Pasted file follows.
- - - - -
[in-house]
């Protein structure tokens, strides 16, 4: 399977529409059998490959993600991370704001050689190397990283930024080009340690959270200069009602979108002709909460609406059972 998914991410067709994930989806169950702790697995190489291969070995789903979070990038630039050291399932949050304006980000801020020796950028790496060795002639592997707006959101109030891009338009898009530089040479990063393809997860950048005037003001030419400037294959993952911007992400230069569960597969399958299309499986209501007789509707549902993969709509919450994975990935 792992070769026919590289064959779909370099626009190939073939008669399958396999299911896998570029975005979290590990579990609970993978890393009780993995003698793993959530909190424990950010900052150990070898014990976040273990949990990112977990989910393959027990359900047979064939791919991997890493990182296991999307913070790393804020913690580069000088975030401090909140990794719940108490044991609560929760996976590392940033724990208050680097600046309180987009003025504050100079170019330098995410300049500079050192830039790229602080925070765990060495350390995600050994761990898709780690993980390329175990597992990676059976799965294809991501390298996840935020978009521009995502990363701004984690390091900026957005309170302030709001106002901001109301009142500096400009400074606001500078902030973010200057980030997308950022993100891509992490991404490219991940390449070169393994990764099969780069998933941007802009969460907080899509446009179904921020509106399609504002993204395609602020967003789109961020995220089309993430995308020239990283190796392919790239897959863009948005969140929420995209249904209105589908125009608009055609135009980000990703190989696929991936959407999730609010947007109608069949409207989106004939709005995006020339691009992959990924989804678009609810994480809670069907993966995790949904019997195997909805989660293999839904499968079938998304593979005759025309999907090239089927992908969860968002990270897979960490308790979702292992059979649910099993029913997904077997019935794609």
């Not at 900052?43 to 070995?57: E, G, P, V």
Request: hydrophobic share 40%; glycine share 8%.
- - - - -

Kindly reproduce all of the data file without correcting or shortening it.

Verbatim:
[in-house]
């Protein structure tokens, strides 16, 4: 399977529409059998490959993600991370704001050689190397990283930024080009340690959270200069009602979108002709909460609406059972 998914991410067709994930989806169950702790697995190489291969070995789903979070990038630039050291399932949050304006980000801020020796950028790496060795002639592997707006959101109030891009338009898009530089040479990063393809997860950048005037003001030419400037294959993952911007992400230069569960597969399958299309499986209501007789509707549902993969709509919450994975990935 792992070769026919590289064959779909370099626009190939073939008669399958396999299911896998570029975005979290590990579990609970993978890393009780993995003698793993959530909190424990950010900052150990070898014990976040273990949990990112977990989910393959027990359900047979064939791919991997890493990182296991999307913070790393804020913690580069000088975030401090909140990794719940108490044991609560929760996976590392940033724990208050680097600046309180987009003025504050100079170019330098995410300049500079050192830039790229602080925070765990060495350390995600050994761990898709780690993980390329175990597992990676059976799965294809991501390298996840935020978009521009995502990363701004984690390091900026957005309170302030709001106002901001109301009142500096400009400074606001500078902030973010200057980030997308950022993100891509992490991404490219991940390449070169393994990764099969780069998933941007802009969460907080899509446009179904921020509106399609504002993204395609602020967003789109961020995220089309993430995308020239990283190796392919790239897959863009948005969140929420995209249904209105589908125009608009055609135009980000990703190989696929991936959407999730609010947007109608069949409207989106004939709005995006020339691009992959990924989804678009609810994480809670069907993966995790949904019997195997909805989660293999839904499968079938998304593979005759025309999907090239089927992908969860968002990270897979960490308790979702292992059979649910099993029913997904077997019935794609």
């Not at 900052?43 to 070995?57: E, G, P, V």
Request: hydrophobic share 40%; glycine share 8%.